China ‘unilaterally’ appoints new Catholic bishop in Shanghai, Vatican says

New bishop Shen Bin vows to carry forward a ‘patriotic’ form of Catholicism after transfer from Haimen diocese.
By Gao Feng for RFA Mandarin
China ‘unilaterally’ appoints new Catholic bishop in Shanghai, Vatican says Shen Bin, second from right, Chinese Communist Party appointed bishop of Shanghai.
(undated photo via Weibo)

The ruling Chinese Communist Party has appointed a new bishop of Shanghai without approval from the Vatican, in what critics say is a breach of a controversial agreement on the appointment of bishops signed in September 2018.

“Bishop Shen Bin, until now Bishop of Haimen, was installed in the Diocese of Shanghai, China, this morning,” the Vatican News website reported.

“The Holy See had been informed a few days ago of the decision of the Chinese authorities,” it quoted Holy See spokesman Matteo Bruni as saying.

“I have nothing to say about the Holy See’s assessment of the matter for the time being,” Bruni said in remarks reported by several media outlets including Reuters.

The Shanghai Diocese said in a statement dated April 4 on its website that around 200 people attended the inauguration ceremony, including all of the diocese’s priests and nuns.

“Bishop Shen Bin said that he will continue to carry forward the fine tradition of patriotism and love of the Catholic Church in Shanghai, adhere to the principle of independence and self-government, adhere to the direction of Catholicism in China, and better promote the healthy tradition of Catholic evangelism in Shanghai,” the statement said.

‘Without the pope’s mandate’

The statement refers to the ongoing “sinicization” of all religious traditions under Communist Party supreme leader Xi Jinping, who regards Christianity as a potentially destabilizing foreign import, according to a report in the Catholic news site AsiaNews.

The report cited Vatican sources as saying that the appointment was “unilateral,” and made without papal approval. 

“Indirect confirmation also comes from the Catholic faithful in China, who have expressed sadness at the installation, which they say came without the pope’s mandate: a source of great upset for the Catholic community in Shanghai,” it said.

The 2018 Sino-Vatican agreement on the appointment of bishops, which was renewed in 2020 and 2022, requires the approval of both Beijing and the Vatican before a new bishop can be appointed.

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In this March 13, 2013 photo, a worshiper holding a rosary prays near Sheshan seminary on the outskirts of Shanghai. (Eugene Hoshiko/AP)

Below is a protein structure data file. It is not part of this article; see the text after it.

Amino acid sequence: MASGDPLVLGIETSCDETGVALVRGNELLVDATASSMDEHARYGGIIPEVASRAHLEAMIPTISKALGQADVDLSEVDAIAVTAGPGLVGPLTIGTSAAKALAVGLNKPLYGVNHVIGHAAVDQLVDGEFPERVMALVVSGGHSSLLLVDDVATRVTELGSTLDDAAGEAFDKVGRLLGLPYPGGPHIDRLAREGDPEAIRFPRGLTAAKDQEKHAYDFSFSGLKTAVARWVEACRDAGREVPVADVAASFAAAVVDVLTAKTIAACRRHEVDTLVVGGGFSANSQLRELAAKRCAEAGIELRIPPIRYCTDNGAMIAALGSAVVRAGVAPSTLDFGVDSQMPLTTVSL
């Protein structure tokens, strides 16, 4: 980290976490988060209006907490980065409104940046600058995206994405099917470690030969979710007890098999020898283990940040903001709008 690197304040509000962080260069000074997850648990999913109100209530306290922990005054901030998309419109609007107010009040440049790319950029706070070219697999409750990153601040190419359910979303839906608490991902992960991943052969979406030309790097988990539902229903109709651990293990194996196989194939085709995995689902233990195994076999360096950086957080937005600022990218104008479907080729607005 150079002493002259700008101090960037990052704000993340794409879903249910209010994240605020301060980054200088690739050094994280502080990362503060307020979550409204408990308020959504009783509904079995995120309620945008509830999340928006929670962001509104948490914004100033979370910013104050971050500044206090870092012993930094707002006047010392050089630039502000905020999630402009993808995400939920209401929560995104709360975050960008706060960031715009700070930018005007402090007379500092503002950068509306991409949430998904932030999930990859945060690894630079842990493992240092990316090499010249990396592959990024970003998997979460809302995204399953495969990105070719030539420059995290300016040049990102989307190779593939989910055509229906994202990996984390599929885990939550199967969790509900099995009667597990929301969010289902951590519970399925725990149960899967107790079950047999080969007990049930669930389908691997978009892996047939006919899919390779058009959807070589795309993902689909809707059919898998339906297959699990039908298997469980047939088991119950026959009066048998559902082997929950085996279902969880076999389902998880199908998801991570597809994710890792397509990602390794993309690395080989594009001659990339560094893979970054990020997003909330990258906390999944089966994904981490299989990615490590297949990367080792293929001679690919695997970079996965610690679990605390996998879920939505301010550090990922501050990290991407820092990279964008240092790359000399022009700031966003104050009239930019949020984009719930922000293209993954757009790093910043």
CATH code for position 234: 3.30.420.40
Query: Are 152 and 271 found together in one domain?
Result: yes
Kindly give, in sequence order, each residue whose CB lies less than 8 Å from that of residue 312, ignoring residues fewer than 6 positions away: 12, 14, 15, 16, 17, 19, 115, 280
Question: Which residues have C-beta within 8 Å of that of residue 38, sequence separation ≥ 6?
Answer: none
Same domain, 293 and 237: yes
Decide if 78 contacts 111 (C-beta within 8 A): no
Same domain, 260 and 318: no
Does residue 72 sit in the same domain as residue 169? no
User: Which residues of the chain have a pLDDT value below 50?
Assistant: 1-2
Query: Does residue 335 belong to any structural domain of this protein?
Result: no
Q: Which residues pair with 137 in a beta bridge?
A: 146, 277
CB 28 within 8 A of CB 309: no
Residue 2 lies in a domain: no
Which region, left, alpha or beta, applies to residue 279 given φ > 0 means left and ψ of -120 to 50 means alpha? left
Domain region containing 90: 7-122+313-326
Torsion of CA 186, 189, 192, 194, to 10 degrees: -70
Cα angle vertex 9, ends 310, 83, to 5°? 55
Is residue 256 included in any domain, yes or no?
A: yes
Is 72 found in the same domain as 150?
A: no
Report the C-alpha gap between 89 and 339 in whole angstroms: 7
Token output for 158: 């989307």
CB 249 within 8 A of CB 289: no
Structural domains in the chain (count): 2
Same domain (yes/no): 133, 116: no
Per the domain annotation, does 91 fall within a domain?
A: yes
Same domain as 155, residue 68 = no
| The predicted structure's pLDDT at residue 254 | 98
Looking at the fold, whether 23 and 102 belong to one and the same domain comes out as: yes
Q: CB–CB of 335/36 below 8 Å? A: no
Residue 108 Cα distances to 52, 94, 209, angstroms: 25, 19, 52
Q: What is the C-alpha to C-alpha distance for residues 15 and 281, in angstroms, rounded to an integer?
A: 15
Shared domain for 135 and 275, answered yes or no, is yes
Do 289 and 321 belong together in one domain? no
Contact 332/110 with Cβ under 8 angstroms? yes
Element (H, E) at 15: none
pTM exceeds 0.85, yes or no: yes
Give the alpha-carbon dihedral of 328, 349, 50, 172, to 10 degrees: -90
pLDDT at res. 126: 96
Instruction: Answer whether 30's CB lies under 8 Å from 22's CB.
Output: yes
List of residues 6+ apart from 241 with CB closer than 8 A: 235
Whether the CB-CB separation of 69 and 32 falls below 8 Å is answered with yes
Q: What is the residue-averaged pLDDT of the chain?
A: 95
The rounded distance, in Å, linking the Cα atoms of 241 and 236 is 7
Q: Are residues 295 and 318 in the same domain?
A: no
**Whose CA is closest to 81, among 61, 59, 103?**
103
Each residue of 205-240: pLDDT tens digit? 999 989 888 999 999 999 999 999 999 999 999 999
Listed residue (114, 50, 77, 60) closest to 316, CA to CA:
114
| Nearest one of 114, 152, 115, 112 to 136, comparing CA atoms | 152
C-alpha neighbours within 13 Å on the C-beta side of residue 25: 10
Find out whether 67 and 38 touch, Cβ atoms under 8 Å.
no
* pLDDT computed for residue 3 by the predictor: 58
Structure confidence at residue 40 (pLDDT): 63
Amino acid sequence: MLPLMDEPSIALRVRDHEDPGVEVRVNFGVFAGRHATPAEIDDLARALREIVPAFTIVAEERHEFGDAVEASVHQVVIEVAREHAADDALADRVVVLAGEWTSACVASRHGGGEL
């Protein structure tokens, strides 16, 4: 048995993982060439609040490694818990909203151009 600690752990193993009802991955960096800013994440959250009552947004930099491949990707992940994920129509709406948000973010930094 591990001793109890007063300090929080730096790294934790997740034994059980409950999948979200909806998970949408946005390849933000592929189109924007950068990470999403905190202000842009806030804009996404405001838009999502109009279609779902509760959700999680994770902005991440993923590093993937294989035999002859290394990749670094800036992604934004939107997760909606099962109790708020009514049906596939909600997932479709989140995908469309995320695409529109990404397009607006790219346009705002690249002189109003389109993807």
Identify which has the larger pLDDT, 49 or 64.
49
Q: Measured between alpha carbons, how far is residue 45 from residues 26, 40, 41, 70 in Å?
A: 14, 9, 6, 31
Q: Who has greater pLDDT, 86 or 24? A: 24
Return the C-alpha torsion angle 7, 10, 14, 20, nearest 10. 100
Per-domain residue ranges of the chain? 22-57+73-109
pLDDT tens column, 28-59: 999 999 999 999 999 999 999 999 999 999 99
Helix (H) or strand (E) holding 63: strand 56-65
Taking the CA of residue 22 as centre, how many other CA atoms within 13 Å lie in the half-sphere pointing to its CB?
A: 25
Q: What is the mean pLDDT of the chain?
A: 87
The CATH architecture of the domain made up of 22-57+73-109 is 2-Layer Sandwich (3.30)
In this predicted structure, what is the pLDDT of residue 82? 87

A Catholic priest in the northern province of Shanxi who gave only the surname Shen declined to comment on the appointment when contacted by Radio Free Asia on Wednesday.

“I don’t know about this, and don’t want to talk about it,” he said, before hanging up.

A Beijing-based Catholic who gave only the surname Liu said the Shanghai appointment had left many Chinese Catholics dissatisfied, but they wouldn’t dare to say so.

“All churches are run by the government, which wants us all to be patriotic as well as religious,” Liu said.

A Catholic from the eastern province of Jiangsu who gave only the surname Zhong agreed.

“They just ignore the authority of the Pope and the Vatican,” Zhong said. “This appointment of bishop [Shen] shows that the Chinese Communist Party is ignoring the Sino-Vatican agreement, and the authority of the Vatican when it comes to the appointment of bishops.”

“The church has no autonomy,” Zhong said. “Some of my friends who are Catholic priests often express their dissatisfaction with this in private.”

He said many Catholics in China remain loyal to Rome, and take issue with any role for Beijing in the appointment of bishops.

Predecessor had been under house arrest

Shen’s appointment comes after his predecessor Ma Daqin, who was recognized by both Beijing and the Holy See, was placed under house arrest for resigning from the Communist Party-backed Catholic Patriotic Association immediately after his ordination.

Ma later rejoined the government-backed body, but with a record now tainted by the incident, AsiaNews said.

It said the Vatican would have preferred Joseph Xing Wenzhi to lead the diocese of Shanghai, but that he had resigned in 2012 for reasons that have never been made clear.

The Catholic Church-linked newspaper Milan Avvenire Online said “concerns of social control and public order” shouldn’t be allowed to dominate decisions on new appointments.

“The voice of Rome must be adequately listened to,” the paper said. “Sometimes one gets the impression that in China there is a ... lack of understanding of the universal nature of the Church.”

It said recent changes at the top of the Communist Party’s outreach and influence arm, the United Front Work Department, could have been behind the decision to move ahead unilaterally with the Shanghai appointment.

Translated by Luisetta Mudie. Edited by Matt Reed.


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